November 17, 2023
3 minimum reading
The United States will see “fewer emergency room visits, fewer asthma attacks” and save money by reducing carbon emissions, according to a new analysis from the Union of Concerned Scientists.
CLIMATE CABLE | Slashing carbon emissions over the next three decades will prevent tens of thousands of deaths in the United States and save trillions of dollars by reducing air pollutants and alleviating climate-caused disasters, according to a report released Thursday.
The Union of Concerned Scientists advocacy group estimates that At least 32,000 deaths could be avoided. whether the United States can achieve net-zero emissions by 2050, as renewable energy sources replace fossil fuels that emit toxic chemicals and fine particles that cause respiratory diseases.
The report also says the United States can avoid nearly $1.3 trillion in damage from disasters that are likely to intensify with climate change and save at least $360 billion in health care costs by 2050 if the country achieves net emissions. zero that same year.
“Those benefits are offsetting the cost” of reducing emissions, said Steve Clemmer, one of the report’s authors and the science group’s director of energy research and analysis.
“Fewer emergency room visits, fewer asthma attacks, and the public health impacts resulting from toxic air pollutants” outweigh the cost “of investing in clean energy technologies to achieve our climate goals,” Clemmer added.
Estimates of preventable deaths and excess health care spending are conservative in many ways, and the true number could be much higher, Clemmer said. The report uses a model that takes into account only deaths caused by air pollutants, such as fine particles, and excludes those killed by increasingly intense heat waves, storms, wildfires and hurricanes.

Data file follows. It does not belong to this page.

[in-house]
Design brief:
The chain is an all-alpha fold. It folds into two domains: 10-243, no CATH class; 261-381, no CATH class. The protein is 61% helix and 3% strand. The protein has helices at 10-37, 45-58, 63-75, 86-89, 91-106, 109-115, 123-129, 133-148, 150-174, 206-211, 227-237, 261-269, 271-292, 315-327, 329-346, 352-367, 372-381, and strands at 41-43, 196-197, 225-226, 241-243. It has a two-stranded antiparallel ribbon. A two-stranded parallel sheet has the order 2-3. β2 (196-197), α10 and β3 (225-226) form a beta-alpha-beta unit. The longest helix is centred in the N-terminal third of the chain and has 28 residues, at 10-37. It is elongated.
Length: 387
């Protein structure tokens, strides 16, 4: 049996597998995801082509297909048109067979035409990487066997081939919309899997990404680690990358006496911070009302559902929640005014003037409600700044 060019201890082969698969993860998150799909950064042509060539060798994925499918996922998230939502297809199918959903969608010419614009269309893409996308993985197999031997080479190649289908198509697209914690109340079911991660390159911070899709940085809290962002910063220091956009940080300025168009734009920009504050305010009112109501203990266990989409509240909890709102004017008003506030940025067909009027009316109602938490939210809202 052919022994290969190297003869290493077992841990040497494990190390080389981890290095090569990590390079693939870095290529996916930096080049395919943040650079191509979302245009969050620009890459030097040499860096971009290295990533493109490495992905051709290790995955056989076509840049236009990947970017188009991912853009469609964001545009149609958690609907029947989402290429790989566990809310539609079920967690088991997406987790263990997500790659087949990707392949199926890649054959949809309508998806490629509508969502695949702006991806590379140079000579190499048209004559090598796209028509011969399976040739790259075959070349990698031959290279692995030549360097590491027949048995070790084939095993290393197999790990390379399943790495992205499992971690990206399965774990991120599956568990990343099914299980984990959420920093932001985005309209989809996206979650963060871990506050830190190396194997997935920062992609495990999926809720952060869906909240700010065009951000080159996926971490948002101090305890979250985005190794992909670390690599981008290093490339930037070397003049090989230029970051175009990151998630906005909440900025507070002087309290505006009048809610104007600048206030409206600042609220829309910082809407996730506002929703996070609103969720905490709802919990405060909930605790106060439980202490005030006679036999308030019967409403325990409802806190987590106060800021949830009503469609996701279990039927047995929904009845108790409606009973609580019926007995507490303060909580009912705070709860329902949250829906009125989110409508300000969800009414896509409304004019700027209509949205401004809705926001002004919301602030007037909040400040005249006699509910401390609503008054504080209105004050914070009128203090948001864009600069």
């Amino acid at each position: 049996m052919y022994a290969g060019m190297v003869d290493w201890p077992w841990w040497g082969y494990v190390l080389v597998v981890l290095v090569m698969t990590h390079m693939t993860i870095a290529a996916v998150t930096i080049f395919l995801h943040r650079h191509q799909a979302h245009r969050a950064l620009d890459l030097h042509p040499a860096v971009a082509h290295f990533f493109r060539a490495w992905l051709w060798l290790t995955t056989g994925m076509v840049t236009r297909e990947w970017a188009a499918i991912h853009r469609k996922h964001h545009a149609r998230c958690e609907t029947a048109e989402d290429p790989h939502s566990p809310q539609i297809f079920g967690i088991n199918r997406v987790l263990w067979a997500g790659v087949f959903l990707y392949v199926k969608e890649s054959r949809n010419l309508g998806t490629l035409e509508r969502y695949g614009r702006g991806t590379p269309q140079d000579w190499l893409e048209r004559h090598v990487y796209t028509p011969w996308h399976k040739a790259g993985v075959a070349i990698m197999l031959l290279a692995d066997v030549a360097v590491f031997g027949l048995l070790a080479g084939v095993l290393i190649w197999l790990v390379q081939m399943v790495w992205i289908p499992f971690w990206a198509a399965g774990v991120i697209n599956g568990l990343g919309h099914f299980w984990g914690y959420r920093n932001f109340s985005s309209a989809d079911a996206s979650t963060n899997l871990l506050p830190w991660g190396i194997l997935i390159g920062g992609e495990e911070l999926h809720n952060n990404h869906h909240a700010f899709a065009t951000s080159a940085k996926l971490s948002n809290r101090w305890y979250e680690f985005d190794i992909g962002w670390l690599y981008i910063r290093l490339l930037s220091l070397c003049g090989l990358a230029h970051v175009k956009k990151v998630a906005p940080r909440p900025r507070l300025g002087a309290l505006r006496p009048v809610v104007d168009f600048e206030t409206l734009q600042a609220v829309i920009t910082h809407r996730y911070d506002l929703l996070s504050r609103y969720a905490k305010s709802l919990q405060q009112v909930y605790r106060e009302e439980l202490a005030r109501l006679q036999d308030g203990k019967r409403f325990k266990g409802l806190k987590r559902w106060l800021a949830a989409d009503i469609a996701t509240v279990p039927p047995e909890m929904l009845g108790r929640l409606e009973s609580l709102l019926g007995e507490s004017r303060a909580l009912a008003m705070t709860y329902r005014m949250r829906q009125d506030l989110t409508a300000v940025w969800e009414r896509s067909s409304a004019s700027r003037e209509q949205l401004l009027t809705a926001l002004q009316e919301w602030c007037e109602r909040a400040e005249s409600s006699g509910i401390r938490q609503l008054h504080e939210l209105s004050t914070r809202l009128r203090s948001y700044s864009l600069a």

The actual figure for damages avoided from natural disasters could also be much higher than $1.3 trillion, Clemmer said. The authors calculated the impact of carbon dioxide emissions and ignored warming caused by other greenhouse gases such as methane and hydrofluorocarbons, which are much more potent than CO2.
Climate scientists say global warming will fuel more intense and frequent storms that flood neighborhoods and key infrastructure such as roads, bridges and electrical networks. With rising sea temperatures, hurricanes are also increasing in strength and are more likely to reach inland areas and dump inches of rain in a matter of hours.
To calculate estimates of excess deaths and avoidable health care costs, the report’s authors used a climate model that simulated four different future trajectories of annual greenhouse gas emissions in the United States. The authors compared net-zero scenarios with an absolute emissions trajectory in the United States to estimate excess deaths and increased health care costs from burning fossil fuels.
To estimate damage from climate-induced disasters, the authors used a federal government dollar figure that approximates the damage from an additional ton of carbon emissions, called the social cost of carbon. Clemmer said. Currently, the federal government sets the carbon price at $51 per ton, but the EPA has proposed increase that number to $190.
The report also found that the Inflation Reduction Act, the climate law that Congress passed in 2022, has “more than doubled” the pace of emissions reductions, but still falls short of the Biden administration’s goal of reducing emissions. half emissions by 2030 and reach net zero. emissions by 2050. The pace of carbon emissions reduction should reach 5 percent annually from 3 percent currently, the report says.
“We’ve waited so long that 2030 is not far away,” Clemmer said. “We need to achieve pretty deep reductions.”
Reprinted from E&E News with permission from POLITICO, LLC. Copyright 2023. E&E News provides essential news for energy and environmental professionals.